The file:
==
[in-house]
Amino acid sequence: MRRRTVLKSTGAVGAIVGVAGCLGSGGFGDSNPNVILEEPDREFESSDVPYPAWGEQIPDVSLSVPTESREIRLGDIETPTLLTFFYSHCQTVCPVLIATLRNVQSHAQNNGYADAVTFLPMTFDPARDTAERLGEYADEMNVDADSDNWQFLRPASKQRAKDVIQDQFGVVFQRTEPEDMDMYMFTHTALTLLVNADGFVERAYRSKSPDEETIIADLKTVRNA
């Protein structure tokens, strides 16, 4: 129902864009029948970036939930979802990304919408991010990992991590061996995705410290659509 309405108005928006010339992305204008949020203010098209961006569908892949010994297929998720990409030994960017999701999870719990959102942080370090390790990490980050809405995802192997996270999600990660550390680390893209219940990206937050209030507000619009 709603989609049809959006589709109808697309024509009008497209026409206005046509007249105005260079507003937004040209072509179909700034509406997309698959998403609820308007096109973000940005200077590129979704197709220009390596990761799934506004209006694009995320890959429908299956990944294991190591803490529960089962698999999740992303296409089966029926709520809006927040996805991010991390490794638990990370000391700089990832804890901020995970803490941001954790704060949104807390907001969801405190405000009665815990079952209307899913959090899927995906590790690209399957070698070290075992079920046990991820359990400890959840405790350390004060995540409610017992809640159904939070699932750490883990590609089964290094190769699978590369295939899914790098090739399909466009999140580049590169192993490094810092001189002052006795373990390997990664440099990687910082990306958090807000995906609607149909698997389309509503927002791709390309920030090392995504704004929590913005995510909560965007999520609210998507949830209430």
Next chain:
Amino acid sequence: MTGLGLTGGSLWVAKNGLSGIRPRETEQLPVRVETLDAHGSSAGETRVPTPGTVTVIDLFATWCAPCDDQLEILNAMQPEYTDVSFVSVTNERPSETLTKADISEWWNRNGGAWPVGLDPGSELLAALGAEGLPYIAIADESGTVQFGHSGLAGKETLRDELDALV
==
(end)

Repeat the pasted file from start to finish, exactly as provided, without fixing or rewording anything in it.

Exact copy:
[in-house]
Amino acid sequence: MRRRTVLKSTGAVGAIVGVAGCLGSGGFGDSNPNVILEEPDREFESSDVPYPAWGEQIPDVSLSVPTESREIRLGDIETPTLLTFFYSHCQTVCPVLIATLRNVQSHAQNNGYADAVTFLPMTFDPARDTAERLGEYADEMNVDADSDNWQFLRPASKQRAKDVIQDQFGVVFQRTEPEDMDMYMFTHTALTLLVNADGFVERAYRSKSPDEETIIADLKTVRNA
């Protein structure tokens, strides 16, 4: 129902864009029948970036939930979802990304919408991010990992991590061996995705410290659509 309405108005928006010339992305204008949020203010098209961006569908892949010994297929998720990409030994960017999701999870719990959102942080370090390790990490980050809405995802192997996270999600990660550390680390893209219940990206937050209030507000619009 709603989609049809959006589709109808697309024509009008497209026409206005046509007249105005260079507003937004040209072509179909700034509406997309698959998403609820308007096109973000940005200077590129979704197709220009390596990761799934506004209006694009995320890959429908299956990944294991190591803490529960089962698999999740992303296409089966029926709520809006927040996805991010991390490794638990990370000391700089990832804890901020995970803490941001954790704060949104807390907001969801405190405000009665815990079952209307899913959090899927995906590790690209399957070698070290075992079920046990991820359990400890959840405790350390004060995540409610017992809640159904939070699932750490883990590609089964290094190769699978590369295939899914790098090739399909466009999140580049590169192993490094810092001189002052006795373990390997990664440099990687910082990306958090807000995906609607149909698997389309509503927002791709390309920030090392995504704004929590913005995510909560965007999520609210998507949830209430």
Next chain:
Amino acid sequence: MTGLGLTGGSLWVAKNGLSGIRPRETEQLPVRVETLDAHGSSAGETRVPTPGTVTVIDLFATWCAPCDDQLEILNAMQPEYTDVSFVSVTNERPSETLTKADISEWWNRNGGAWPVGLDPGSELLAALGAEGLPYIAIADESGTVQFGHSGLAGKETLRDELDALV